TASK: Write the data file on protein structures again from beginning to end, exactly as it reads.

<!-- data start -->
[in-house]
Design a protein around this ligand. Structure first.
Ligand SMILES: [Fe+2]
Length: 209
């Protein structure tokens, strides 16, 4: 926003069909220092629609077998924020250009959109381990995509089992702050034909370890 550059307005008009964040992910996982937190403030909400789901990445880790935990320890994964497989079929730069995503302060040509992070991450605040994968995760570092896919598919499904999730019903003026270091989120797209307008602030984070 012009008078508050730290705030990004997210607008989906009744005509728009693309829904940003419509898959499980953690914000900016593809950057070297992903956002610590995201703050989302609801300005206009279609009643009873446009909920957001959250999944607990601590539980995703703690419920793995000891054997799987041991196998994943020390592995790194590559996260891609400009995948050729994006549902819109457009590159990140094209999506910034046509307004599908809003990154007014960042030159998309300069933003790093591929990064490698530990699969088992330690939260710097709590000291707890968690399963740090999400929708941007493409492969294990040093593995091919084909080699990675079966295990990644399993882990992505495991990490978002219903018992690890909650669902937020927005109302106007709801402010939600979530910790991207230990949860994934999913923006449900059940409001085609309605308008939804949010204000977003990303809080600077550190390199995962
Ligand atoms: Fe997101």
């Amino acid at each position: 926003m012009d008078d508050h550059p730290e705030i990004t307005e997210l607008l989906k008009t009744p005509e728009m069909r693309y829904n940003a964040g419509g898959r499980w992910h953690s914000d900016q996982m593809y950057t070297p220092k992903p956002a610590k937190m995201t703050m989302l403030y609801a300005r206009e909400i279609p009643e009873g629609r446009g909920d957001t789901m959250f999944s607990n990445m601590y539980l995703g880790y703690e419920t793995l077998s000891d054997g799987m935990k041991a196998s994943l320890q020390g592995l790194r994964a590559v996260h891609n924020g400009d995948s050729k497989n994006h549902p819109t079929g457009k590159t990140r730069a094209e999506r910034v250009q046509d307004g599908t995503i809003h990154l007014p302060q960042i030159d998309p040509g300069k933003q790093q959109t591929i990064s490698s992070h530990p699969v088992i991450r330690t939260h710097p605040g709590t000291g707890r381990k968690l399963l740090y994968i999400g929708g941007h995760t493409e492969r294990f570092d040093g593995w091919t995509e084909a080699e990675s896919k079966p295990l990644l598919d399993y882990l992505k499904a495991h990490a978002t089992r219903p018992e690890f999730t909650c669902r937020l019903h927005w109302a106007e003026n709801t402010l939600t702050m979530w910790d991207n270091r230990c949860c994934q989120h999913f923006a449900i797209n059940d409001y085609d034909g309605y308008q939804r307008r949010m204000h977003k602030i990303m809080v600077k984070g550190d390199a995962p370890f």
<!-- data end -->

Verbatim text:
[in-house]
Design a protein around this ligand. Structure first.
Ligand SMILES: [Fe+2]
Length: 209
């Protein structure tokens, strides 16, 4: 926003069909220092629609077998924020250009959109381990995509089992702050034909370890 550059307005008009964040992910996982937190403030909400789901990445880790935990320890994964497989079929730069995503302060040509992070991450605040994968995760570092896919598919499904999730019903003026270091989120797209307008602030984070 012009008078508050730290705030990004997210607008989906009744005509728009693309829904940003419509898959499980953690914000900016593809950057070297992903956002610590995201703050989302609801300005206009279609009643009873446009909920957001959250999944607990601590539980995703703690419920793995000891054997799987041991196998994943020390592995790194590559996260891609400009995948050729994006549902819109457009590159990140094209999506910034046509307004599908809003990154007014960042030159998309300069933003790093591929990064490698530990699969088992330690939260710097709590000291707890968690399963740090999400929708941007493409492969294990040093593995091919084909080699990675079966295990990644399993882990992505495991990490978002219903018992690890909650669902937020927005109302106007709801402010939600979530910790991207230990949860994934999913923006449900059940409001085609309605308008939804949010204000977003990303809080600077550190390199995962
Ligand atoms: Fe997101």
């Amino acid at each position: 926003m012009d008078d508050h550059p730290e705030i990004t307005e997210l607008l989906k008009t009744p005509e728009m069909r693309y829904n940003a964040g419509g898959r499980w992910h953690s914000d900016q996982m593809y950057t070297p220092k992903p956002a610590k937190m995201t703050m989302l403030y609801a300005r206009e909400i279609p009643e009873g629609r446009g909920d957001t789901m959250f999944s607990n990445m601590y539980l995703g880790y703690e419920t793995l077998s000891d054997g799987m935990k041991a196998s994943l320890q020390g592995l790194r994964a590559v996260h891609n924020g400009d995948s050729k497989n994006h549902p819109t079929g457009k590159t990140r730069a094209e999506r910034v250009q046509d307004g599908t995503i809003h990154l007014p302060q960042i030159d998309p040509g300069k933003q790093q959109t591929i990064s490698s992070h530990p699969v088992i991450r330690t939260h710097p605040g709590t000291g707890r381990k968690l399963l740090y994968i999400g929708g941007h995760t493409e492969r294990f570092d040093g593995w091919t995509e084909a080699e990675s896919k079966p295990l990644l598919d399993y882990l992505k499904a495991h990490a978002t089992r219903p018992e690890f999730t909650c669902r937020l019903h927005w109302a106007e003026n709801t402010l939600t702050m979530w910790d991207n270091r230990c949860c994934q989120h999913f923006a449900i797209n059940d409001y085609d034909g309605y308008q939804r307008r949010m204000h977003k602030i990303m809080v600077k984070g550190d390199a995962p370890f």